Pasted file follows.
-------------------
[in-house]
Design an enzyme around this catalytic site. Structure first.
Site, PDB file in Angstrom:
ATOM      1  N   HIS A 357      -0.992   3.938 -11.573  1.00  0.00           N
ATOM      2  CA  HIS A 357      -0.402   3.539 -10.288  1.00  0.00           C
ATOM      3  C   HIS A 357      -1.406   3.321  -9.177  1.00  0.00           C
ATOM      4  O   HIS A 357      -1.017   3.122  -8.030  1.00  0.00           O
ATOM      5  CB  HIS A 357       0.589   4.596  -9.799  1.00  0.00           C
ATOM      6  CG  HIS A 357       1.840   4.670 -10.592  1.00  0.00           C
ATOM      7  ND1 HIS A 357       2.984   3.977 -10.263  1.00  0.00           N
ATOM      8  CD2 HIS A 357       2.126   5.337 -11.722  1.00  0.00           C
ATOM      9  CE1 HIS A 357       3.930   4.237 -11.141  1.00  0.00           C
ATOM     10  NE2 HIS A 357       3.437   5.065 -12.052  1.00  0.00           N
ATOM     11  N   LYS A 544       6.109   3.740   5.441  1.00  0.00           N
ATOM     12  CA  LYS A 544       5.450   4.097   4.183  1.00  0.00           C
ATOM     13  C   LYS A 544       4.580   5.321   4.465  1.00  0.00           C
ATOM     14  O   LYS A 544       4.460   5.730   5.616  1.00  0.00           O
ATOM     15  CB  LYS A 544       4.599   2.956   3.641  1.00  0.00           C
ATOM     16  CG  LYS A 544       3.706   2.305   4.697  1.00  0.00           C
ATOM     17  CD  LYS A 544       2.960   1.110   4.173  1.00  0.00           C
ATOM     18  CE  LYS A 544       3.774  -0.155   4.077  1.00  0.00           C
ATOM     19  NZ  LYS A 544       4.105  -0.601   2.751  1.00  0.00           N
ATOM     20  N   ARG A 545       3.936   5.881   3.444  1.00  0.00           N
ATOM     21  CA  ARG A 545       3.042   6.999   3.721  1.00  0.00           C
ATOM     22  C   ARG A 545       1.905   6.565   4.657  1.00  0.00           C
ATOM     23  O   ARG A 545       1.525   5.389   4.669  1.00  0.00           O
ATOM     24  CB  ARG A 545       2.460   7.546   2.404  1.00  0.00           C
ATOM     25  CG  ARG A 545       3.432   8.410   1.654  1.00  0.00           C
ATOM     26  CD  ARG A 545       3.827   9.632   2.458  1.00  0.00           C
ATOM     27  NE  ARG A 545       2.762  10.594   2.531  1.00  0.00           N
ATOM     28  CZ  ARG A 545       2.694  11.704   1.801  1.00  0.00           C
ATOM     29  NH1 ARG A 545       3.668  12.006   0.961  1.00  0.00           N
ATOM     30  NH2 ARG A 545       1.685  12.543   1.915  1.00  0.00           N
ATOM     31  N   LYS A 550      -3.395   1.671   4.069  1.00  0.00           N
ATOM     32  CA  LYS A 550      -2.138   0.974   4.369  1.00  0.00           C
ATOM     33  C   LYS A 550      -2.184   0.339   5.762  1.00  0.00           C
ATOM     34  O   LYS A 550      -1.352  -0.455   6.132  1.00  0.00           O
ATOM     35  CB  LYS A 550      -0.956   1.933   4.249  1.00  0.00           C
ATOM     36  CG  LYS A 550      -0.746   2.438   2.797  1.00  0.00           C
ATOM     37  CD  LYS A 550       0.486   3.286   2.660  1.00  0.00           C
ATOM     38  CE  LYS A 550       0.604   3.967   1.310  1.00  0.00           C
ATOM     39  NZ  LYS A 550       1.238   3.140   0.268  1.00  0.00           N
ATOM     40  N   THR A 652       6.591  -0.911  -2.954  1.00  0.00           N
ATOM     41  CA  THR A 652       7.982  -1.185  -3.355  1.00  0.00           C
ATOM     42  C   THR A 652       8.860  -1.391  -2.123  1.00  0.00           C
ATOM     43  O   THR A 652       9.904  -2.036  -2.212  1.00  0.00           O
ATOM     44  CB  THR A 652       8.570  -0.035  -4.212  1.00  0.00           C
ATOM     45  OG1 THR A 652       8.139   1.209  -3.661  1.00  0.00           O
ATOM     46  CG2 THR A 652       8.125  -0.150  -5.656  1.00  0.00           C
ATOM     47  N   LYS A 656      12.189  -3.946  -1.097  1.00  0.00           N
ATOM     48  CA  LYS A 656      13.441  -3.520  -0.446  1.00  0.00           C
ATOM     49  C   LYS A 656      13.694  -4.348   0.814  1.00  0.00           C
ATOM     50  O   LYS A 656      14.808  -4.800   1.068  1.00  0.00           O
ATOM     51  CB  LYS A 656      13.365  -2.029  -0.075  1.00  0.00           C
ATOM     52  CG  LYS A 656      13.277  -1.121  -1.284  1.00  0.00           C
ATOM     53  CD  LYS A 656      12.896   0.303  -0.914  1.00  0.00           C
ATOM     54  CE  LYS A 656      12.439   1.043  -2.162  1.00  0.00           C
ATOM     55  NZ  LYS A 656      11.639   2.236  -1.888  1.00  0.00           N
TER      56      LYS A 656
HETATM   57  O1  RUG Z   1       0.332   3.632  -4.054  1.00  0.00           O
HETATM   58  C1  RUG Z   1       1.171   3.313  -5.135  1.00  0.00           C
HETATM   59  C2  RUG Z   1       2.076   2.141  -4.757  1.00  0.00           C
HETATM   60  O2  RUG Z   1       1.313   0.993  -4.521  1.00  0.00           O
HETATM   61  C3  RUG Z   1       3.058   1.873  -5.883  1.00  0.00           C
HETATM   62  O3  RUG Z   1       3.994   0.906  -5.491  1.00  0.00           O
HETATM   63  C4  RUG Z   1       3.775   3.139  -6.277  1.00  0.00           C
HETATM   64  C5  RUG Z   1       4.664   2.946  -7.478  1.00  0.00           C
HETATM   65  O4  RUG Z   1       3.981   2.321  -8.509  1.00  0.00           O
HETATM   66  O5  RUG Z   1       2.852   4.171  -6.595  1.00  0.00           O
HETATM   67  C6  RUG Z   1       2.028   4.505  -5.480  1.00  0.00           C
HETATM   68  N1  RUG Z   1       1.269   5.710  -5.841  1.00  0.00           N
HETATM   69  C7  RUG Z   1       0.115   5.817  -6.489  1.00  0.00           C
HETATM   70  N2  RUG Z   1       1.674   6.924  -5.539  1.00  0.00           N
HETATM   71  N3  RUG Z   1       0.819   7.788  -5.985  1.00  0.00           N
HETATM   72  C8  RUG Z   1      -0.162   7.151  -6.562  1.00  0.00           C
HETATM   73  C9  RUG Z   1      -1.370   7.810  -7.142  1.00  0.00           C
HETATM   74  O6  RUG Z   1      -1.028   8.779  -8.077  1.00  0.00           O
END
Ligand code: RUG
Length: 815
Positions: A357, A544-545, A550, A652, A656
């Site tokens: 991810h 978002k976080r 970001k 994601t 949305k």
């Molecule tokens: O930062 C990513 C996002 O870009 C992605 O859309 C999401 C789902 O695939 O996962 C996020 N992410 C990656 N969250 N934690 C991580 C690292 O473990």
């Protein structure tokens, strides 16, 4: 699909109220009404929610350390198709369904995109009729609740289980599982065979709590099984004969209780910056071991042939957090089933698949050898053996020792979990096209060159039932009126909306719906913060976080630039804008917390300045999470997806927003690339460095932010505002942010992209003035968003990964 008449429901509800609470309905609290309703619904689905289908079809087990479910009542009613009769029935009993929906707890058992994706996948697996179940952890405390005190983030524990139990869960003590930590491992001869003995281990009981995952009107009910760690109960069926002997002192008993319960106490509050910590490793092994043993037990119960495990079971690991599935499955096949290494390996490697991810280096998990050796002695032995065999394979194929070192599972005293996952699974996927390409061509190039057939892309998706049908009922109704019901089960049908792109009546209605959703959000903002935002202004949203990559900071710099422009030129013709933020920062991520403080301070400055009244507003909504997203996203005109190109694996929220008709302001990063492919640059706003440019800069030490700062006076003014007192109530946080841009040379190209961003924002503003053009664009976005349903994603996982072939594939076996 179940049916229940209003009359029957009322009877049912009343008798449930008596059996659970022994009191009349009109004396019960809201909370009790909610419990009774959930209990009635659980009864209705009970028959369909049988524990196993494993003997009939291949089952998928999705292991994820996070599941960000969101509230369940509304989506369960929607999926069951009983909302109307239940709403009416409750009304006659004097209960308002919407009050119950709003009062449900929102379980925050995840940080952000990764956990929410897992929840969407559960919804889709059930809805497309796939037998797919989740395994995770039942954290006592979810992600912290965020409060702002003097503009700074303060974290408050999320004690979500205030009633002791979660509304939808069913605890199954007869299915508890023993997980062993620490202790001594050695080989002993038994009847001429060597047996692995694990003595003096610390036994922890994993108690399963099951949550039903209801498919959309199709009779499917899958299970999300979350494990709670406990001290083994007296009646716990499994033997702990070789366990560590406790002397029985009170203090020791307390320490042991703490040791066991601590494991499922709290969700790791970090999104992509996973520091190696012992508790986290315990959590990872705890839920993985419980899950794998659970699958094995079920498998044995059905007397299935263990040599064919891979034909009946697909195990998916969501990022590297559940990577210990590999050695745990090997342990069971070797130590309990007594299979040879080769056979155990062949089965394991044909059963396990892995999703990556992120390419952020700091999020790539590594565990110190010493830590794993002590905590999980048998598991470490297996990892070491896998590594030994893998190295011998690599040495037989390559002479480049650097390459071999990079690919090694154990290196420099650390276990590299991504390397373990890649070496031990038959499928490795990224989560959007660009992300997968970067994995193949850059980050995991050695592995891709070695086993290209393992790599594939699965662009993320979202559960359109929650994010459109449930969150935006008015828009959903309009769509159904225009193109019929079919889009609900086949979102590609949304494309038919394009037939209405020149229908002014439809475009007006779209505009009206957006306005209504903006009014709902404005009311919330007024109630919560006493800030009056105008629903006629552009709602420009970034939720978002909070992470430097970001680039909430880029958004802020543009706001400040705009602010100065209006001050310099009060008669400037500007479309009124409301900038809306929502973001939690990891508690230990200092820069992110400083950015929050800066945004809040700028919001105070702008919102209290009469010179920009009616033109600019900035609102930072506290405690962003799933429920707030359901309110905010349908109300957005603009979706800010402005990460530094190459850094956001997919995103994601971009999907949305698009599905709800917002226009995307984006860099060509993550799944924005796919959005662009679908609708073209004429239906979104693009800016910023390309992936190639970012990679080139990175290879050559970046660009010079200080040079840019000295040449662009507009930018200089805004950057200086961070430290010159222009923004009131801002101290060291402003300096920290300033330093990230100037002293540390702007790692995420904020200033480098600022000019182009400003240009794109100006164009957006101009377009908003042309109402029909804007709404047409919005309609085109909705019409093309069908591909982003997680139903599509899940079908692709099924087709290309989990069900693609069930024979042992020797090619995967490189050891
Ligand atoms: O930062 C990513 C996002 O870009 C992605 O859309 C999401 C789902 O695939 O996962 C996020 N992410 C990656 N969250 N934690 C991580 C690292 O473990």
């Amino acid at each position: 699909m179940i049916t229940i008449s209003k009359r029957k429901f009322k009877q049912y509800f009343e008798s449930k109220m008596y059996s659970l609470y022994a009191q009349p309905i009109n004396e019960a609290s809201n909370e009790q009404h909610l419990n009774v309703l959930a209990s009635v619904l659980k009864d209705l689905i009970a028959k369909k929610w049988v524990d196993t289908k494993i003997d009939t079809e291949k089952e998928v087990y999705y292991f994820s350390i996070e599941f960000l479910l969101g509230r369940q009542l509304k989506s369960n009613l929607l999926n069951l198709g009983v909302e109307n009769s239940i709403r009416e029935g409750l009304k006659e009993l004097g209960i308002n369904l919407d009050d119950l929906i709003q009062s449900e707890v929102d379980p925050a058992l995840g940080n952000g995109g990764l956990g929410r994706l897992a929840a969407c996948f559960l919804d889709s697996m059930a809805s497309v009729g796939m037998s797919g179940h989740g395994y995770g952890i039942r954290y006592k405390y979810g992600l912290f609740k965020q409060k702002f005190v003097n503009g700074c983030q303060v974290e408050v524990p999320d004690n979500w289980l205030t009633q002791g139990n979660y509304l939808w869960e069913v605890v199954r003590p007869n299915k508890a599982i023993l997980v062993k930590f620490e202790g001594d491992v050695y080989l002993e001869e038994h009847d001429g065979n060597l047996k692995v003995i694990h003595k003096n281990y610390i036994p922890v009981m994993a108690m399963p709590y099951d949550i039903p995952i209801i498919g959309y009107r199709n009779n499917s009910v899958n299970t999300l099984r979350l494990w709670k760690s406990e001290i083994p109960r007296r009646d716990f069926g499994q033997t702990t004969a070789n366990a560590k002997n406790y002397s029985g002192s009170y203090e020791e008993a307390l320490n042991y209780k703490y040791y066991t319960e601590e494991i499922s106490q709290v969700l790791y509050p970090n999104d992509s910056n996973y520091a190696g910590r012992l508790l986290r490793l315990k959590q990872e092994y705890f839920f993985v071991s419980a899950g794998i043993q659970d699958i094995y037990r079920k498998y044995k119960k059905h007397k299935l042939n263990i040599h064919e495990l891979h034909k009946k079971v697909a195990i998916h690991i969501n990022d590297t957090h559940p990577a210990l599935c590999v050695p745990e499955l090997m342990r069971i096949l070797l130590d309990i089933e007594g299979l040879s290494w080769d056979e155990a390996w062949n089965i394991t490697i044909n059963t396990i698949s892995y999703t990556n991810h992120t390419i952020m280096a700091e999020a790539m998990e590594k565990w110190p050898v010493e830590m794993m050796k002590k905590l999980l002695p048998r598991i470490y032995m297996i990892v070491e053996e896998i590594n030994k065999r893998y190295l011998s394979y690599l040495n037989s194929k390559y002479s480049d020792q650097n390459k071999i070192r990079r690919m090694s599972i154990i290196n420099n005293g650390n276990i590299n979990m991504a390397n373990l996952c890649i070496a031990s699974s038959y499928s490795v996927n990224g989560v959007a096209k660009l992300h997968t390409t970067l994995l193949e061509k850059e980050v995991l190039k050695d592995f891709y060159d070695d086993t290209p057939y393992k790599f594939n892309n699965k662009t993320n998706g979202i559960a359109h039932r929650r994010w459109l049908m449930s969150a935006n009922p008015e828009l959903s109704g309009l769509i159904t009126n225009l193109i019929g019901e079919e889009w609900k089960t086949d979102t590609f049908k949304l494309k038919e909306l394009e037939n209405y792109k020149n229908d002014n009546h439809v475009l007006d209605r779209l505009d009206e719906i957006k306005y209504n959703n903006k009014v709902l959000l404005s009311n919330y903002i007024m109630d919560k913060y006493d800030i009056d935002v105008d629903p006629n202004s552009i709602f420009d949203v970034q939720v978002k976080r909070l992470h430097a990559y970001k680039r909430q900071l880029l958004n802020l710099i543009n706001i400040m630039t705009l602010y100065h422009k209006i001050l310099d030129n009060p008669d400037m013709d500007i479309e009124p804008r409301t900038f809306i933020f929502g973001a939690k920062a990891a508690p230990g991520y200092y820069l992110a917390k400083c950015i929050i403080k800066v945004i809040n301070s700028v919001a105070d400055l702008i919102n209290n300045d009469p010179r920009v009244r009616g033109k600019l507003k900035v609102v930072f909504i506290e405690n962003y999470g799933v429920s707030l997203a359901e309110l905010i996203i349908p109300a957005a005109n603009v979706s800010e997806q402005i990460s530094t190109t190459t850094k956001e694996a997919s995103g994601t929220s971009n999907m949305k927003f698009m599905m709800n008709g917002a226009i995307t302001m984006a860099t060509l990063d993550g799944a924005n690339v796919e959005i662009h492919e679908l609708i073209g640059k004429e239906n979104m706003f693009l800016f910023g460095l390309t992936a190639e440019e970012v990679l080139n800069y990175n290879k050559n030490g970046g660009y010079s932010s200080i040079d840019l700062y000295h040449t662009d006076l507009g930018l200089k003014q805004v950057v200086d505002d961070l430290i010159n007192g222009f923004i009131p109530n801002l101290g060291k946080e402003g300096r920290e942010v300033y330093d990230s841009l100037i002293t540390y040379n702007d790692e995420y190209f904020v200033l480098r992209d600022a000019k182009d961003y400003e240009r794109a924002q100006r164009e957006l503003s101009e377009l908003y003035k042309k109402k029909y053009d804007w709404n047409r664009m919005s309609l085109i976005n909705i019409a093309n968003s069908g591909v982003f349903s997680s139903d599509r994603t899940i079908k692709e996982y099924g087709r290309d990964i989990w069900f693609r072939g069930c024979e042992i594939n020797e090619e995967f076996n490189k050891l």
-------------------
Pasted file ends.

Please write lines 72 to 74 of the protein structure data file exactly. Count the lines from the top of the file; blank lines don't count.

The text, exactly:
HETATM   69  C7  RUG Z   1       0.115   5.817  -6.489  1.00  0.00           C
HETATM   70  N2  RUG Z   1       1.674   6.924  -5.539  1.00  0.00           N
HETATM   71  N3  RUG Z   1       0.819   7.788  -5.985  1.00  0.00           N